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Colombia President Ivan Duque Advises of Possible Changes to Coronavirus Quarantine on April 4, 2020 Colombia President Ivan Duque Advises of Possible Changes to Coronavirus Quarantine on April 4, 2020 Source: Presidencia de Colombia

Colombia President to Define Post-April-13 Quarantine Measures This Week; Mask Mandate Now National

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Colombia President Ivan Duque announced April 4 that his administration likely will decide early this week whether and how strict the current national Coronavirus quarantine will extend beyond the presumptive April 13 expiration.

“We are working with scientists, epidemiologists, infectious disease specialists within the team of the Ministry of Health and the National Institute of Health [INS] -- and depending on how the reading of the epidemiological curve is, from the beginning of next week [April 6-11] we will be able to say if the current measures are extended or if, on the contrary, we go from a ‘total mandatory preventive isolation’ to an isolation that is intelligent,” meaning more-specific, targeted measures, President Duque said.

As of April 5, the Ministry of Health reported 1,485 cases of Cornavirus nationally, with 35 deaths (none in Antioquia) and 88 people fully recovered. Bogota continues to register the most cases (725) followed by Cali/Valle del Cauca (196) and then Medellin/Antioquia (172).

Currently, all Colombian residents 70 years and older are in quarantine until May 30 with the exception of venturing out for food, medicines, health care and banking.

What’s more, many cities (including metro Medellin) have additional “pico y cedula” restrictions that effectively limit even these grocery/pharmacy/banking trips to just two days of each week -- not just for those 70 and older, but rather for all residents.

Meanwhile, schools and universities are shut down during the current quarantine, with many students attending “virtual” classes via internet connections. Most commercial enterprises likewise are shuttered -- leaving millions temporarily unemployed -- although workers continue laboring in supermarkets, pharmacies, banks, fuel stations, power stations, utilities, health care, food production, farming, freight transport, public safety, certain essential construction sites and local public transport.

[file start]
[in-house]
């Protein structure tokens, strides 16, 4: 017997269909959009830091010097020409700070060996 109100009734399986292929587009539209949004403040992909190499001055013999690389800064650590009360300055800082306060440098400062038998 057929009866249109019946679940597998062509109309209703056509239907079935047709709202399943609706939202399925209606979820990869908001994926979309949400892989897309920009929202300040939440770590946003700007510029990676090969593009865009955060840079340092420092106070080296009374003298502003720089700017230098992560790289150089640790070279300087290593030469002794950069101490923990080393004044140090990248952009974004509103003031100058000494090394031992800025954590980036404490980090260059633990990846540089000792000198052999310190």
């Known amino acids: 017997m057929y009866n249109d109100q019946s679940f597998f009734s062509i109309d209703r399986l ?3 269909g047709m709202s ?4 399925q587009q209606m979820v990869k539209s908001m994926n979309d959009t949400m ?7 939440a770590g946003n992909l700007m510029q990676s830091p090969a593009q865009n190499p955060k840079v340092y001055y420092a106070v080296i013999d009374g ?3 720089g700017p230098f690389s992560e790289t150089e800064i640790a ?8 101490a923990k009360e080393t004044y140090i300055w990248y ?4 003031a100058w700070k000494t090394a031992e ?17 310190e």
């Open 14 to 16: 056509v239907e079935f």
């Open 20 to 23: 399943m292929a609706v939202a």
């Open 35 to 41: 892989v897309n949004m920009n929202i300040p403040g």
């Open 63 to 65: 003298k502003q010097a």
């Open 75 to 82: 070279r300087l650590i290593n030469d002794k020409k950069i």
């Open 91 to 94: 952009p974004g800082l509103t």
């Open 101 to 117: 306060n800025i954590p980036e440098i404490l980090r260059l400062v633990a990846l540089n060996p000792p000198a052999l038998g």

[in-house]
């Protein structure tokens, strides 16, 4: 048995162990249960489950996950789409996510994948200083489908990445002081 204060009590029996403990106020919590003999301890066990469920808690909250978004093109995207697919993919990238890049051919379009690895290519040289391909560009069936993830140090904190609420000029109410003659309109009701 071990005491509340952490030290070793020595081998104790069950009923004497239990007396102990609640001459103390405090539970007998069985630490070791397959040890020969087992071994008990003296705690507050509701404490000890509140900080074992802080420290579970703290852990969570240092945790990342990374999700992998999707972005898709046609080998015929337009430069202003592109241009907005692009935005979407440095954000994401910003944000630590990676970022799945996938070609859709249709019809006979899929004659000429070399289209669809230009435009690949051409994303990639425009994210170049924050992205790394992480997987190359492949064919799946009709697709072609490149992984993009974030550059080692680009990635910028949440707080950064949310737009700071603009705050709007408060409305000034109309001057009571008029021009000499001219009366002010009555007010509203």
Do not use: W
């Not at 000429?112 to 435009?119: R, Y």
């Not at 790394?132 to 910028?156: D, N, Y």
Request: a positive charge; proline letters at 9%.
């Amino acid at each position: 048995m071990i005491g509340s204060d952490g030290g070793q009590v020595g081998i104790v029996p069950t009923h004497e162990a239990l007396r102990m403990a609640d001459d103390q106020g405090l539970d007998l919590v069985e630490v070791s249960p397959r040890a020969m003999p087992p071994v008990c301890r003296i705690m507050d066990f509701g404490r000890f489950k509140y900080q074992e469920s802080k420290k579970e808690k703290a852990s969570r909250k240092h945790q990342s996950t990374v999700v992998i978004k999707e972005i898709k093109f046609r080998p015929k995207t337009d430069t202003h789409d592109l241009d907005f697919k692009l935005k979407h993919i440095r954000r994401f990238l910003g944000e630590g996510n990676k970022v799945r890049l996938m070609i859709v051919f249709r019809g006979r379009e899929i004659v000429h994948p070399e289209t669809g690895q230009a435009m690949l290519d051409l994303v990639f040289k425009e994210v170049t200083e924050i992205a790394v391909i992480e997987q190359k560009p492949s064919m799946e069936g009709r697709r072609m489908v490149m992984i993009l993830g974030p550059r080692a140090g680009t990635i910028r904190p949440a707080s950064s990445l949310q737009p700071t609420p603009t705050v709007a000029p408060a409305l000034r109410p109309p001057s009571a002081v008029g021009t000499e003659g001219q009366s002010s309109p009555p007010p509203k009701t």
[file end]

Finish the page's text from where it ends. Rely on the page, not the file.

Further, air traffic is suspended along with much inter-city bus traffic -- with Medellin having already shuttered both its North and South terminals.

What’s more, the Ministry of Health announced April 4 that all people moving in and around congested areas in Colombia must start wearing protective masks. Examples include:

1. “Public transport systems (buses, Transmilenio, taxis);
2. “Areas where there is a massive influx of people (market squares, supermarkets, banks, pharmacies, among others) where it is not possible to maintain a minimum distance of one meter.
3. “People with respiratory symptoms: Risk groups (adults over 70 years, people with cardiovascular diseases, diseases that compromise their immune system, cancer, HIV, pregnant women and chronic respiratory diseases).”

In addition, “people with confirmed diagnosis for Covid-19 and their close contacts should not leave the place where they are carrying out their mandatory preventive isolation (14 days without exception),” according to the Ministry.

These Ministry of Health mask-mandates are in addition to a new order from the Mayor of Medellin requiring all passengers on the “Metro” rail, bus, aerial tram and streetcar system to wear protective masks starting Tuesday, April 7.

As for potential upcoming modifications or extensions to the existing national quarantine, President Duque explained that “intelligent isolation” measures would at minimum include “protection and restriction of the elderly,” plus “restrictions on the educational system” as well as “rules of distancing.”

“Measures such as those that have been implemented in South Korea or even in Singapore show that activities with greater and better health protocols” gradually can be adopted following an initial, drastic quarantine of nearly everyone, he said. But such gradual flexibilities will depend upon “improving testing capacity, improving capacity of isolating those with the disease and maintaining the protection of older adults, children and young people,” he added.

The ultimate goals of “intelligent isolation” during the crisis must include protection of "life, health, the most vulnerable, employment and maintainence of social and economic resilience,” he added.

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